RICHARD FITCH will be remembered as a fine naval officer who, despite cultivating the image of a gifted amateur, was a thoroughly professional operator whether at sea or in Whitehall. Ruddy-faced and an habitual smoker of small black cigars, he was a big man in spirit as well in size: cheerful, generous and deeply caring about those under his command. Fitch's toughness and reliability meant that throughout his career he was often used as the man to plug holes where other people had failed.
The son of a Naval Instructor Captain, Dicky Fitch was born in Blackheath in 1929. He joined the Royal Navy at the age of 13 and was educated at the Britannia Royal Naval College during its wartime evacuation to Eaton Hall in Cheshire. He went to sea as a Midshipman in the cruisers Frobisher and Norfolk and served in Bigbury Bay before being appointed to Consort where he was a bridge watchkeeper during the Korean war. He specialised in navigation and navigated Narvik during the British nuclear trials in the Pacific in 1957.
Fitch was the archetypal Navigator - self-assured, unflappable and adept at making important decisions quickly. He was Second Navigator of the carrier Victorious and Executive Officer of the destroyer Camperdown before being promoted Commander in 1966 and appointed Commanding Officer of the frigate Berwick. His ship was a notably happy and efficient one.
He left Berwick to join the staff of Rear-Admiral (later Admiral of the Fleet Sir Edward) Ashmore, then Commander-in-Chief Far Eastern Fleet. Ashmore, probably the most formidable officer of his generation, had sacked his previous Staff Operations Officer but Fitch made a conspicuous success of the job. In November 1967, Task Force 318, under Ashmore, managed the British withdrawal from Aden after 128 years of colonial rule. Ashmore's small staff, led by Fitch, handled the evacuation without loss of life before the handover to the Yemeni National Liberation Front.
Fitch's sense of fun endeared him to many and he followed that old naval maxim of 'work hard, play hard'. When Ashmore left the Far Eastern Fleet, Fitch organised a 'run ashore', accompanied by two Hong Kong policemen, and took the Admiral around his old haunts in Kowloon. As Ashmore remembers, 'If circumstances allowed anyone to be amusing then Dick would always lead the way.'
Fitch's first tour in the Ministry of Defence came in 1969 when he worked in the Directorate of Naval Plans on the West of Suez desk where he covered Soviet maritime policy. Fitch was an innovator and this, coupled with his intelligence, marked him out from his contemporaries. He was promoted to Captain in 1971.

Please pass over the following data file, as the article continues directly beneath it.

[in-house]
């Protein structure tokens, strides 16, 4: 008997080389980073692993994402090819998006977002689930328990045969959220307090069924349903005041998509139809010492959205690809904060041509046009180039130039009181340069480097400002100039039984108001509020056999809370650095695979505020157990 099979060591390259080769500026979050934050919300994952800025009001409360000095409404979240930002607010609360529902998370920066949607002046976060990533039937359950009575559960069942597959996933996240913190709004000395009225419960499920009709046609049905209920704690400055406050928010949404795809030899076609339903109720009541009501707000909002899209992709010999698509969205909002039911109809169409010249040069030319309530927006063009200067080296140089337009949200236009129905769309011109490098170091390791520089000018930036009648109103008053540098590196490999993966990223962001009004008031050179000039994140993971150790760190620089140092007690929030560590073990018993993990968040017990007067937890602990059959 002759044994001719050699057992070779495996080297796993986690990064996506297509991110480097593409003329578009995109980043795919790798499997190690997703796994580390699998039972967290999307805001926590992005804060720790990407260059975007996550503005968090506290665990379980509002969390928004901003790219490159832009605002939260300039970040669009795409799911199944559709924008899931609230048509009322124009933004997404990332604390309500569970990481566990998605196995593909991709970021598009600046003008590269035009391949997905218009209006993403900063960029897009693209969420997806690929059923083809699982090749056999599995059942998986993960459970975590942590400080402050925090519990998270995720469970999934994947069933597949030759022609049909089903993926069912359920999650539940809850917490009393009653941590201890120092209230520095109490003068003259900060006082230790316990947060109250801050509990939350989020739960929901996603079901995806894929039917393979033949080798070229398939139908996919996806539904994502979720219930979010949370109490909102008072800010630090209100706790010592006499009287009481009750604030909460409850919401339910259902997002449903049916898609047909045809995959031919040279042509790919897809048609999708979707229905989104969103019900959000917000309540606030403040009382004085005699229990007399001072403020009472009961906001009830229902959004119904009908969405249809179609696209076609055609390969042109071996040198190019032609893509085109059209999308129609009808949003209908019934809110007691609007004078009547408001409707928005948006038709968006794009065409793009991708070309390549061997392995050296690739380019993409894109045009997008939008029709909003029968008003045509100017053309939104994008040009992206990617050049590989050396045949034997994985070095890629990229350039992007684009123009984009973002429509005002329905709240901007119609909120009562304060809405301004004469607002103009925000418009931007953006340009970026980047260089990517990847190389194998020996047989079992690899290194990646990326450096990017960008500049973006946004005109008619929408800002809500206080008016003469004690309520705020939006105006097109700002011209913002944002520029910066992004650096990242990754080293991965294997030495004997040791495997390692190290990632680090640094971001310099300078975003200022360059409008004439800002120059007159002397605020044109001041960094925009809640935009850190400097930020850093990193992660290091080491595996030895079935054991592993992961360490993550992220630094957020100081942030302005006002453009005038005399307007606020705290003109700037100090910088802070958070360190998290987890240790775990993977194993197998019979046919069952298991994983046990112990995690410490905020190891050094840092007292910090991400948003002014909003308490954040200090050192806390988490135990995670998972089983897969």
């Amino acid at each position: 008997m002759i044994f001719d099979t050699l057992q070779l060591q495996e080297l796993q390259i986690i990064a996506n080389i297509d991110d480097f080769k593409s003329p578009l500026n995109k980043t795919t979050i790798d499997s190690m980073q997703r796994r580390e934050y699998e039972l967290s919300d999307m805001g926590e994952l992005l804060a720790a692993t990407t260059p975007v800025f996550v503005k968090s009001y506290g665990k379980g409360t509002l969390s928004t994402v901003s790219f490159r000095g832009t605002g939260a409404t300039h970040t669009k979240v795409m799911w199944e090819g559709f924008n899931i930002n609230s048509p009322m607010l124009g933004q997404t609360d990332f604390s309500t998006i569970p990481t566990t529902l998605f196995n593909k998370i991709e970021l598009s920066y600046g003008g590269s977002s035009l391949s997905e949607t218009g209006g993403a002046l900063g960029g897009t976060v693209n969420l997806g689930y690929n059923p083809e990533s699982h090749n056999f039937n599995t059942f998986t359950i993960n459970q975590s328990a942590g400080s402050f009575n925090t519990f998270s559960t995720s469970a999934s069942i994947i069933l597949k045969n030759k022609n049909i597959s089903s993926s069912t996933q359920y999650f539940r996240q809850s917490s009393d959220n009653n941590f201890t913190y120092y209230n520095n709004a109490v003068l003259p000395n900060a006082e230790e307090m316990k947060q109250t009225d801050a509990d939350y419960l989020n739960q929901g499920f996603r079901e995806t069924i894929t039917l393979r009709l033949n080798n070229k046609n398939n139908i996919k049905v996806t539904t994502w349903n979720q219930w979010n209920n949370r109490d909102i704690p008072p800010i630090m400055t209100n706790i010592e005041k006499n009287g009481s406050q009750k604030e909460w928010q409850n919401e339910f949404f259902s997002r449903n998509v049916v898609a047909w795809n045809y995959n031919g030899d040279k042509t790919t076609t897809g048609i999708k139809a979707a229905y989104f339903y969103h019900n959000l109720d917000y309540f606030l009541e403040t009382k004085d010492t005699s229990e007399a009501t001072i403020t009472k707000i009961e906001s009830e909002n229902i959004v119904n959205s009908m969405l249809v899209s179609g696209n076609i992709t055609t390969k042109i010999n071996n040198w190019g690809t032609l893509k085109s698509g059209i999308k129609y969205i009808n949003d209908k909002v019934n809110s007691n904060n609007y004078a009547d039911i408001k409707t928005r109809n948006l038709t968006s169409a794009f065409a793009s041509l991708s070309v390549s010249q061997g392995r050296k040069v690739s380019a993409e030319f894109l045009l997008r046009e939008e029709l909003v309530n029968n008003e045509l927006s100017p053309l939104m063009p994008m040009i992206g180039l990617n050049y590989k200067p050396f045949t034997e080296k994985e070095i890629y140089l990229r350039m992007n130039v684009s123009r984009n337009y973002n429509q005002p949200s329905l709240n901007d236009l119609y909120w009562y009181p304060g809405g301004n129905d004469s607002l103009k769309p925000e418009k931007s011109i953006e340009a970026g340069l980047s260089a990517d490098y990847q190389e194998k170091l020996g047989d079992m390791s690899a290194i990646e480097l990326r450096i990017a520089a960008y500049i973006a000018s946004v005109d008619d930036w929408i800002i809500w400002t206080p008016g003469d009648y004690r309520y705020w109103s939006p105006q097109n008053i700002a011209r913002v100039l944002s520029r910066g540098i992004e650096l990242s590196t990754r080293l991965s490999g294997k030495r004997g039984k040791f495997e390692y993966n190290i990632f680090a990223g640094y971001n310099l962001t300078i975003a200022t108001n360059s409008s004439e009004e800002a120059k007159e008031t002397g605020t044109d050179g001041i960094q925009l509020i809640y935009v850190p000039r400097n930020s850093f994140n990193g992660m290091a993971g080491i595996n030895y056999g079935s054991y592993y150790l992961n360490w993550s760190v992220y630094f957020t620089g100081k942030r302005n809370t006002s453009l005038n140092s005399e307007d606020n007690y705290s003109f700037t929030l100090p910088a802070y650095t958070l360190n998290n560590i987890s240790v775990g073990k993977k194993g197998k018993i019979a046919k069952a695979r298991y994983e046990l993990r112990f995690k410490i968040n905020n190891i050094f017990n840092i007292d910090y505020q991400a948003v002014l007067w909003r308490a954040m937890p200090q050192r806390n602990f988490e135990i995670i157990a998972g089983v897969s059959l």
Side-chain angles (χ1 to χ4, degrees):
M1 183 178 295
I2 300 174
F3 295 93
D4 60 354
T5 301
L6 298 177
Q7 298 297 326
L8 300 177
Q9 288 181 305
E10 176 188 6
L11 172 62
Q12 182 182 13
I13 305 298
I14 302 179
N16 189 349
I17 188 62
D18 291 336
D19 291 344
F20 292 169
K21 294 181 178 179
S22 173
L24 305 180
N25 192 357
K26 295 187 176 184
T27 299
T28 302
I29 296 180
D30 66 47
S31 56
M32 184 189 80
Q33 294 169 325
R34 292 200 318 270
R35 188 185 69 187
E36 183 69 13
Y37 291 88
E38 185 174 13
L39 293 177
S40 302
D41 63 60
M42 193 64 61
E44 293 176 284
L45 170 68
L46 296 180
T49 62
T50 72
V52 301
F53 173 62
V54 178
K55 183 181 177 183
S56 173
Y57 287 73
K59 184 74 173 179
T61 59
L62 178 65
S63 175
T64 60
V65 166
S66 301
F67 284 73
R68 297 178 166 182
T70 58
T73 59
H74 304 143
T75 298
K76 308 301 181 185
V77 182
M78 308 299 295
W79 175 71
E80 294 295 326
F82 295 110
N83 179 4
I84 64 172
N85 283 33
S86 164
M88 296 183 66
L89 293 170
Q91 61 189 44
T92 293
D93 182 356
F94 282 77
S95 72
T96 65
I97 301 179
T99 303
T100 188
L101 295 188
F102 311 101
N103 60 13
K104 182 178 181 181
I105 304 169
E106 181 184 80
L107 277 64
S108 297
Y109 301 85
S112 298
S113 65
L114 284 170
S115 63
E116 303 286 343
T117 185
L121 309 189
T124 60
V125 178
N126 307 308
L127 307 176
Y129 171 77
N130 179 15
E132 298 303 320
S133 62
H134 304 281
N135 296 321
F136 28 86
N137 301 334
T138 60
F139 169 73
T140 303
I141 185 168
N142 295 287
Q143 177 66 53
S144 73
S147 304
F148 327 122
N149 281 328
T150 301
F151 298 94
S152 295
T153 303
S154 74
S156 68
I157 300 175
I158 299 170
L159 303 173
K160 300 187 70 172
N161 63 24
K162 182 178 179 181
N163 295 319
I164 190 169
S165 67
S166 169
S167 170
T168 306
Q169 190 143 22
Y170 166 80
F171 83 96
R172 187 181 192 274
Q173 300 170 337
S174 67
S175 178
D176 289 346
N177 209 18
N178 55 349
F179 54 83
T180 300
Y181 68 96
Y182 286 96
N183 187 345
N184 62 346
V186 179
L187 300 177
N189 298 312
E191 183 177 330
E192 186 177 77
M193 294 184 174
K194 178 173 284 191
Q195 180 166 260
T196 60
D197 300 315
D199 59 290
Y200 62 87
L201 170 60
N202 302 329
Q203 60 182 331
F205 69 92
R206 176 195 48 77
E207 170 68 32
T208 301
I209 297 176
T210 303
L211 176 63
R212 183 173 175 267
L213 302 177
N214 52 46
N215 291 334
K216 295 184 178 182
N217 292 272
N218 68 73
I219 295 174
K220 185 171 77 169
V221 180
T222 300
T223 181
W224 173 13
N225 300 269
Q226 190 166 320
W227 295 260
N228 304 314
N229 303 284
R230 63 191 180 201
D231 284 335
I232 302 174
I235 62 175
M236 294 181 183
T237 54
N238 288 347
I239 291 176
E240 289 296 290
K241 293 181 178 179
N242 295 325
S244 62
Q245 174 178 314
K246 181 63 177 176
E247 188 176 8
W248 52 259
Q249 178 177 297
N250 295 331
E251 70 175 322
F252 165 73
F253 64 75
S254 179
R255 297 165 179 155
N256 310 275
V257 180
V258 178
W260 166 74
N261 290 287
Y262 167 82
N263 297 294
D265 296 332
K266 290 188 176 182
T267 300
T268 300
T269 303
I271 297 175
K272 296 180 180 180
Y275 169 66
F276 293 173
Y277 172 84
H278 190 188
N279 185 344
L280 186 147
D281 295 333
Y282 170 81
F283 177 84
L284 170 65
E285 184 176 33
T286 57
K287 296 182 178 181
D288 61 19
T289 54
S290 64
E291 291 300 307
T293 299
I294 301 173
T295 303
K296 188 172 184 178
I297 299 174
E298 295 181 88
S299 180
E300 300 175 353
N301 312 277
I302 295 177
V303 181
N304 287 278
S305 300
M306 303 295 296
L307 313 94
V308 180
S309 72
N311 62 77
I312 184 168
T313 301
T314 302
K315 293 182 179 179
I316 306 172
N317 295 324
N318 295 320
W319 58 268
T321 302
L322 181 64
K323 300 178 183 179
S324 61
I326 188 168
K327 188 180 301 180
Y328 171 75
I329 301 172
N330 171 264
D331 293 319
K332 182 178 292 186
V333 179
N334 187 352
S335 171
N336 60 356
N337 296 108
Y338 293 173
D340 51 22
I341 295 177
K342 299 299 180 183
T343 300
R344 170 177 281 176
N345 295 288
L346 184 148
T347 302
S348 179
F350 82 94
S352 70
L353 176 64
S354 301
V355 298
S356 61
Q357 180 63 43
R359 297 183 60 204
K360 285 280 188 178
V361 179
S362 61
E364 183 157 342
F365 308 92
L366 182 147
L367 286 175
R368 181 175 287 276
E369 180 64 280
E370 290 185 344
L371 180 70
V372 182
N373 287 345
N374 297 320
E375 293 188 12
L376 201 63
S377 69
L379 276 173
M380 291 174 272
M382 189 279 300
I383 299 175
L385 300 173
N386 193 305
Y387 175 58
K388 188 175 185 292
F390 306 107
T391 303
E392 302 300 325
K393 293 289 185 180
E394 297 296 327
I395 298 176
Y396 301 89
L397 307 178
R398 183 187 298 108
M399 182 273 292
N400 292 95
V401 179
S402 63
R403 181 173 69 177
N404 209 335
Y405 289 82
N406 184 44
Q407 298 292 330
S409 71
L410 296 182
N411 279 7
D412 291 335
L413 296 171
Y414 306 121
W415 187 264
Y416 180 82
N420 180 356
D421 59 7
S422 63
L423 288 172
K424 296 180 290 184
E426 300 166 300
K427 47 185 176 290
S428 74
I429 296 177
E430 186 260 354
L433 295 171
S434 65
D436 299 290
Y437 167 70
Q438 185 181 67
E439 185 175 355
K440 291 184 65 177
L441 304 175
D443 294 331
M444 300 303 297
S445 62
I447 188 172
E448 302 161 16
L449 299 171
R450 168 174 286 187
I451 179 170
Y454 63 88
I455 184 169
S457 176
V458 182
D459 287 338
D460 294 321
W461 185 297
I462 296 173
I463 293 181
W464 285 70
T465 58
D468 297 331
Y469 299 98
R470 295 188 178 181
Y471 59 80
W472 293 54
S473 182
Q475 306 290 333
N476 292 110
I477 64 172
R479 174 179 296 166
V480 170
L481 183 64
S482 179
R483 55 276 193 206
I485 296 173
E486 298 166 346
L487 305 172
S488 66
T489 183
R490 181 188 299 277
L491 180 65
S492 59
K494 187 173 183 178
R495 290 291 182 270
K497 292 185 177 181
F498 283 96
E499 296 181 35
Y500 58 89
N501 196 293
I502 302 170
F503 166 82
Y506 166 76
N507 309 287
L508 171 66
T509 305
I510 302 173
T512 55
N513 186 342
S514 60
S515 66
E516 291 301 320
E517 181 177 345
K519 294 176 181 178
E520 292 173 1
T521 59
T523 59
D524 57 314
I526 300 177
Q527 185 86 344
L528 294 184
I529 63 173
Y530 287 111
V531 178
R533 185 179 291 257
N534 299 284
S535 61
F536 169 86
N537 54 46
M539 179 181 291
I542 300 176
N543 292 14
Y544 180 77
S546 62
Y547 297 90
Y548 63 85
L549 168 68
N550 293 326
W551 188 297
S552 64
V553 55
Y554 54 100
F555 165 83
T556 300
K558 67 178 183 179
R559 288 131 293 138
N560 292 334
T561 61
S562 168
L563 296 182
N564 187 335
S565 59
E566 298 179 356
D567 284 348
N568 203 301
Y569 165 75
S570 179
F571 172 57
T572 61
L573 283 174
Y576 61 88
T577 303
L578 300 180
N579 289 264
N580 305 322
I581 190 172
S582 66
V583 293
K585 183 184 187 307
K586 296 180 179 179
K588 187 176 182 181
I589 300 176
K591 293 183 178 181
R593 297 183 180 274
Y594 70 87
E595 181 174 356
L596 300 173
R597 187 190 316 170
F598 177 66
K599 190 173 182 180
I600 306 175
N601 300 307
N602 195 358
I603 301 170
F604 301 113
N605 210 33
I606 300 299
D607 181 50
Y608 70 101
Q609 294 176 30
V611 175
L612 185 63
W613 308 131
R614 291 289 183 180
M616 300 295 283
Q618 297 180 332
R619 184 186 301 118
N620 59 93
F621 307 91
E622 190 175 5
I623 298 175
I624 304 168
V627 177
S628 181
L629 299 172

After command of the frigate Apollo, Fitch was hand-picked by Ashmore, now First Sea Lord, to be his Naval Assistant. As personal aide to the Chief of Naval Staff, Fitch was an important figure during the period of Roy Mason's Defence Review. Ashmore, supported by Fitch, fought successfully to procure the Invincible class through- deck cruiser and the Sea Harrier jet fighter, both vital for a continued blue-water capability.
As Captain of Hermes, Fitch tenaciously developed the concept of helicopter Anti-Submarine Warfare operations in addition to the carrier's amphibious role. He then returned to MoD as Director of Naval Warfare before being promoted Rear-Admiral in 1980 and made Naval Secretary. Fitch was tailor-made to be the officer corps' appointer and career manager. A renowned amateur flag plotter (one who attempts to predict who will go where in the higher echelons of the navy), he judged people in terms of ability rather than background.
As a Vice-Admiral and Flag Officer Third Flotilla, Fitch was a great success with the United States strike fleet commander and cemented close links with the Americans who had initially been unsure about how to take this distinguished and flamboyant Englishman. This impressive performance earned him promotion to Admiral in the post of Second Sea Lord and Chief of Naval Personnel.
It was as Second Sea Lord that Fitch faced his greatest challenge. Against a background of severe financial restraint, there was enormous pressure to save on manpower in order to preserve ships and equipment. The Treasury-imposed Review of Allowances (ROA) involved a comprehensive examination of service pay. In a sense, it was an unwinnable battle but Fitch fought a fierce rearguard action on the Principal Personnel Officers' Committee to make sure that the particular circumstances of each seagoer were recognised. One notable success was the introduction of the Long Service at Sea Bonus but Fitch himself was desperately disappointed with the final result of ROA - so much so that he considered his position on the Navy Board on more than one occasion. The outcome for the sailors, however, might have been significantly worse without Fitch's valiant efforts. Fitch also commissioned the West study into the future of the WRNS which led, in 1990, to the decision to send women to sea.
While Second Sea Lord, Fitch greatly enjoyed his subsidiary role of Admiral President of the Royal Naval College, Greenwich. An active liveryman with the Coachmakers' and Coach Harness Makers' Company, Fitch was assiduous in flying the Royal Navy's flag in the City of London. He was also particularly happy to live with his family in the Naval College where his father had been Dean.
Fitch retired in 1988 to West Sussex. He was President of the Middleton Conservative Association as well as Chairman of the Regular Forces Employment Agency which helps ex-servicemen and women to find second careers. Sadly, having had a lifelong interest in stocks and shares, he became a Lloyd's Name, investing his money in the two highest-risk syndicates. He was a meticulous businessman, and his financial worries, accompanied by physical ill-health, weighed heavily on his mind latterly.